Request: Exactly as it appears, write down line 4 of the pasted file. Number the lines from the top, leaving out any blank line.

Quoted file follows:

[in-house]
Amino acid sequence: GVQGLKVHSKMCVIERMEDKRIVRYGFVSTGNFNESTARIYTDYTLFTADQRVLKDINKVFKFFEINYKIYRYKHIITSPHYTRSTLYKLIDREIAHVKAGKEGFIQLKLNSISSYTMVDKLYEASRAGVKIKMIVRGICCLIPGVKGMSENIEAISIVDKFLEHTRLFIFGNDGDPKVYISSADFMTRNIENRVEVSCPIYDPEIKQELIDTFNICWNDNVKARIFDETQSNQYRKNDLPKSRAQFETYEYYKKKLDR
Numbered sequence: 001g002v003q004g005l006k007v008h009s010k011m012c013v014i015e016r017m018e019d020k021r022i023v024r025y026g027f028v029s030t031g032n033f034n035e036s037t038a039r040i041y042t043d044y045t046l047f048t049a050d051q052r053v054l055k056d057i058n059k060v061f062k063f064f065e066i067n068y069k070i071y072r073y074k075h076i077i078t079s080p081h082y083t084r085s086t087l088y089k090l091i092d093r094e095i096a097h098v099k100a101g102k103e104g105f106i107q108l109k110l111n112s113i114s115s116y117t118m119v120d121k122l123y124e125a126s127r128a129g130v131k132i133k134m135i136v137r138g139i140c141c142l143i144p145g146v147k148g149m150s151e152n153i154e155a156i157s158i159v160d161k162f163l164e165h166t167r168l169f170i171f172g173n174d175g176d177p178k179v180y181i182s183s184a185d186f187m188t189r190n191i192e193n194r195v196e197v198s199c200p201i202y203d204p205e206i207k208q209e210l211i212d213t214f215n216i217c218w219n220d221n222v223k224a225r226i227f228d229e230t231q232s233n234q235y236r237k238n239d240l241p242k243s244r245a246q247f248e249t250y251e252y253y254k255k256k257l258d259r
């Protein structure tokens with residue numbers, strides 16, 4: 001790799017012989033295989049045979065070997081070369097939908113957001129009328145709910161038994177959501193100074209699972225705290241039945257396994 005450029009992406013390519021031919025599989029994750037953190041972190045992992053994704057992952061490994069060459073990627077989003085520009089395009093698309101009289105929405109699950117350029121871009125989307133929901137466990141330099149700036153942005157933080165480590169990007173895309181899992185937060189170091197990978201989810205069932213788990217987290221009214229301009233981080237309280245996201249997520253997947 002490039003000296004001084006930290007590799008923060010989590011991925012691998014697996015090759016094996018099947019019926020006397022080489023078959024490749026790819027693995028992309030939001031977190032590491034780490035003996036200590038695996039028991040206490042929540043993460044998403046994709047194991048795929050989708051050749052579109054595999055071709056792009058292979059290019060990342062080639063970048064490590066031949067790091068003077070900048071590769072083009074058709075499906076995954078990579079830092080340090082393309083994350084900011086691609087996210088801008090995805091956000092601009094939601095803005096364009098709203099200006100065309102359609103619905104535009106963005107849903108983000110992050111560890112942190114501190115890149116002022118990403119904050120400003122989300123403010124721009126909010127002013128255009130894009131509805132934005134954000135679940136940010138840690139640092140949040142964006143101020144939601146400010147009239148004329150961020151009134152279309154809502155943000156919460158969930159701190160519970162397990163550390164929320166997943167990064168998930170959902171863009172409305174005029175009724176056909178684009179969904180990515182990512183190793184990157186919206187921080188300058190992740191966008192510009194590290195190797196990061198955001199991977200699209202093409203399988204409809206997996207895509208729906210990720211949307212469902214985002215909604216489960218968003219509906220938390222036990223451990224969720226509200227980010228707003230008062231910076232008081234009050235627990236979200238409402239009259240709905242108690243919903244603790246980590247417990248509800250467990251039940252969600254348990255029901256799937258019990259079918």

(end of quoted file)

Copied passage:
């Protein structure tokens with residue numbers, strides 16, 4: 001790799017012989033295989049045979065070997081070369097939908113957001129009328145709910161038994177959501193100074209699972225705290241039945257396994 005450029009992406013390519021031919025599989029994750037953190041972190045992992053994704057992952061490994069060459073990627077989003085520009089395009093698309101009289105929405109699950117350029121871009125989307133929901137466990141330099149700036153942005157933080165480590169990007173895309181899992185937060189170091197990978201989810205069932213788990217987290221009214229301009233981080237309280245996201249997520253997947 002490039003000296004001084006930290007590799008923060010989590011991925012691998014697996015090759016094996018099947019019926020006397022080489023078959024490749026790819027693995028992309030939001031977190032590491034780490035003996036200590038695996039028991040206490042929540043993460044998403046994709047194991048795929050989708051050749052579109054595999055071709056792009058292979059290019060990342062080639063970048064490590066031949067790091068003077070900048071590769072083009074058709075499906076995954078990579079830092080340090082393309083994350084900011086691609087996210088801008090995805091956000092601009094939601095803005096364009098709203099200006100065309102359609103619905104535009106963005107849903108983000110992050111560890112942190114501190115890149116002022118990403119904050120400003122989300123403010124721009126909010127002013128255009130894009131509805132934005134954000135679940136940010138840690139640092140949040142964006143101020144939601146400010147009239148004329150961020151009134152279309154809502155943000156919460158969930159701190160519970162397990163550390164929320166997943167990064168998930170959902171863009172409305174005029175009724176056909178684009179969904180990515182990512183190793184990157186919206187921080188300058190992740191966008192510009194590290195190797196990061198955001199991977200699209202093409203399988204409809206997996207895509208729906210990720211949307212469902214985002215909604216489960218968003219509906220938390222036990223451990224969720226509200227980010228707003230008062231910076232008081234009050235627990236979200238409402239009259240709905242108690243919903244603790246980590247417990248509800250467990251039940252969600254348990255029901256799937258019990259079918």